Sitting in a tree-stand would seem the lazy man’s hunting routine. In fact, your presence is well-known. Yes, the stand has been there every day for the deer to walk by, it is safe and predictable. But you must be perfectly still and silent, for hours. Many hunters tell of falling asleep in their stands, this helps explain the harnesses they wear to keep them from crashing to the ground. Sitting that still and silent for hours heightens your senses to the point of overload. You start to tune things out. A chickadee lands near enough to pat, but you dare not acknowledge it. Life collapses into that small space of your body and your breathing. The deer have a bounty of acorns this year. They gorge then bed down, comfortable for the day, while you sit and listen to the wind.
To be balanced here, yes there are bad hunters, just as there are bad dentists and Tour de France winners. They taint the reputation of the sport with gory tragedies and drunken debauchery. A few qualify for the Annual Darwin Awards. But like most things in life, I try not to be judgemental until I have experienced it first-hand as close as my ethics will allow.
My favorite story of the death of a deer, if you could call it that, involved my Jaguar. If you’ve heard this before, my feelings won’t be hurt if you stop reading here. I was on my way home from work one November night years ago. It was dark, that cold, gray dark just after the sun has set. I was following a pick-up truck loaded with construction equipment. As we wound down a hill, a pick-up coming toward us swerved, its lights jerking into our lane. The truck ahead of me swerved as well and hit the brakes. I was far enough back to brake and pull off the road. The drivers of the trucks got out and met in the middle of the road. Illuminated by their headlights, I saw a small deer, lifeless. It had glanced off the first truck and struck its head on the one in front of me. There was no blood, no gore, just a beautiful young buck.
I climbed out of my sedan, and determined I was the only one with a cell phone. They watched as I punched in 911 and told the operator where we were and what had happened. It was bitter cold as I stood there in my suit, pantyhose and heels. The two men suggested I wait in my car until the police arrived. I realized just how out-of-place I looked.
The cruiser stopped, lights blazing and a short round officer stepped out. He was scratching notes on a pad when I approached to ask if I could leave. The other drivers dragged the deer to the side so cars could pass and were discussing who should take the meat. Driver One, “I sure don’t need it, I’ve got a freezer full.” Driver two, “You and everyone else this year, what about Mack?” The officer piped up, “Mack took one that was hit last week. I don’t know who would want this one.”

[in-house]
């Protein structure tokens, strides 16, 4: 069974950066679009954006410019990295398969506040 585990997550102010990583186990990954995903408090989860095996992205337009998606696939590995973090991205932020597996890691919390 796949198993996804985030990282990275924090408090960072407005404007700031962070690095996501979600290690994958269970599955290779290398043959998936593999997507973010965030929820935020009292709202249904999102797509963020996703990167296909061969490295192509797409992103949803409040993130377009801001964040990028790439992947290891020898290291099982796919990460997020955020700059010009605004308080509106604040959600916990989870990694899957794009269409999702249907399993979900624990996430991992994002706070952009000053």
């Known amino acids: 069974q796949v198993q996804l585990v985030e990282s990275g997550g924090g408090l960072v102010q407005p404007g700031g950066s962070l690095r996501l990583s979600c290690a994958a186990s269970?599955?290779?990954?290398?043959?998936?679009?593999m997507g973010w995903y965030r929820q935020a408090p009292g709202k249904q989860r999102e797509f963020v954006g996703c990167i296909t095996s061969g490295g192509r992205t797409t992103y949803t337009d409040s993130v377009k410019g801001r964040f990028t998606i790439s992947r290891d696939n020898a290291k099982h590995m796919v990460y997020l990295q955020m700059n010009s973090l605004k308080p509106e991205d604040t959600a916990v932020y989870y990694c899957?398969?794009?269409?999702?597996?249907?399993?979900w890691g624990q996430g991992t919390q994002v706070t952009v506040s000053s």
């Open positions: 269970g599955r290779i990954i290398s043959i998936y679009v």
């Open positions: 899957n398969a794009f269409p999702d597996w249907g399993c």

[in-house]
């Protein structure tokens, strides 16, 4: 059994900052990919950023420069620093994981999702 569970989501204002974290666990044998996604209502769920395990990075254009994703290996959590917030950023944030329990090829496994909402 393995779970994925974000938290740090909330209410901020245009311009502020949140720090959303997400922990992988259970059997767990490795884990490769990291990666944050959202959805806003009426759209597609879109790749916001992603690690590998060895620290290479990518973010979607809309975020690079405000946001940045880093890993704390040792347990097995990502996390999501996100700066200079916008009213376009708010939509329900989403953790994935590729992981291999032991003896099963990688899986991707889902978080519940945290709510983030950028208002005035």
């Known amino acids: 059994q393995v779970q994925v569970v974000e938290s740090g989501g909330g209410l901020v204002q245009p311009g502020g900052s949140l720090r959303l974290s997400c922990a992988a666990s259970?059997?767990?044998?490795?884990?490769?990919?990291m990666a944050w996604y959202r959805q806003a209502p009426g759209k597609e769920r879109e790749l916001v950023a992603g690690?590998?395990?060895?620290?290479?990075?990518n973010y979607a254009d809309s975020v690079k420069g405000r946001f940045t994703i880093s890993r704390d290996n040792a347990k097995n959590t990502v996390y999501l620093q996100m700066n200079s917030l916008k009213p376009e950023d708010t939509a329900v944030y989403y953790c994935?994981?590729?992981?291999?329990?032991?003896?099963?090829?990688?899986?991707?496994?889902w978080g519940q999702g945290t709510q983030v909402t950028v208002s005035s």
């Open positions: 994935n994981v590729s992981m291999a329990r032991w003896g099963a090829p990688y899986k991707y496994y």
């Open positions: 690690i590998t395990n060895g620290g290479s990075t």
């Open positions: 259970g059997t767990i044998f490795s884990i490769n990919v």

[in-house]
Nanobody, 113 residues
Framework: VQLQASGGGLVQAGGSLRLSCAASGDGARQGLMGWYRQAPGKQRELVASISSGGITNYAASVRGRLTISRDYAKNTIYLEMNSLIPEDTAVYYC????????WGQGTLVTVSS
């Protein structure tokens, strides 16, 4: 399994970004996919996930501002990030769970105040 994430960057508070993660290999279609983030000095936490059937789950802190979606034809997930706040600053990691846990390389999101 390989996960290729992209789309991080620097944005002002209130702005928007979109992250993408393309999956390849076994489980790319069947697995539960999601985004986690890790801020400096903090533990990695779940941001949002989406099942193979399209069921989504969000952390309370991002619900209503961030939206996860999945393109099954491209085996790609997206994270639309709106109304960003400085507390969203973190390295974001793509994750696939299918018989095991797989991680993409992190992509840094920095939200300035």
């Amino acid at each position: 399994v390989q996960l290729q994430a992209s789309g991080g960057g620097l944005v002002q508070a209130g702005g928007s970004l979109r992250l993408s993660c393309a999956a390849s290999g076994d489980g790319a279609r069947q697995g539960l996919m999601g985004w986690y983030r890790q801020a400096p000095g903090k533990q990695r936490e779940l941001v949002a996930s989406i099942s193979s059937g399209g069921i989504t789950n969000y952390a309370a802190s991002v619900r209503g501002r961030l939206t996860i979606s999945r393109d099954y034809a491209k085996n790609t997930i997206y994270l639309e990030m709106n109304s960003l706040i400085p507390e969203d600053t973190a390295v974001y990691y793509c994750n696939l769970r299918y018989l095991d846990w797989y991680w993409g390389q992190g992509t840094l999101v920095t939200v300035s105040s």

Me! Pick Me! I spoke up and said if no one wanted it I would be happy to take it home. Thinking quickly, I made a mental note to call a neighbor who did a lot of hunting, get him to pick it up and deliver it back butchered for a small fee. The three men turned and looked at me in disbelief. “How are you gonna get it home? You can’t put a deer in Jaguar!”
“Well not all by myself, dressed like this, but if one of you fine gentlemen would help me, I’m sure it will fit just fine.” I was already opening the trunk and folding down the back seat to accommodate the deer. I even had a sheet of cardboard handy incase it was dirty.
Two of the men collected themselves and deposited the deer in my trunk. The officer was busy calling Fish and Game to arrange for deer-tags for me. As I drove off, my phone chirped. It was the Fish and Game officer asking where to send the tags, but before we got to that, he asked “You don’t really have a dead deer in the back of a Jaguar, do you?”
My next call was to my neighbor who kindly offered to send his son by with a pick-up truck when I got home. No sooner did I swing up my driveway, when two trucks followed. Several teen-aged boys hopped out and sauntered over. “We heard you have a dead deer in the back of your Jaguar and we just wanted to see for sure.”
A week later, the little buck was returned in white butcher paper. Unfortunately, the freezer died a few nights later, the meat all spoiled and I never did get to cook the Deer That Arrived In A Jaguar.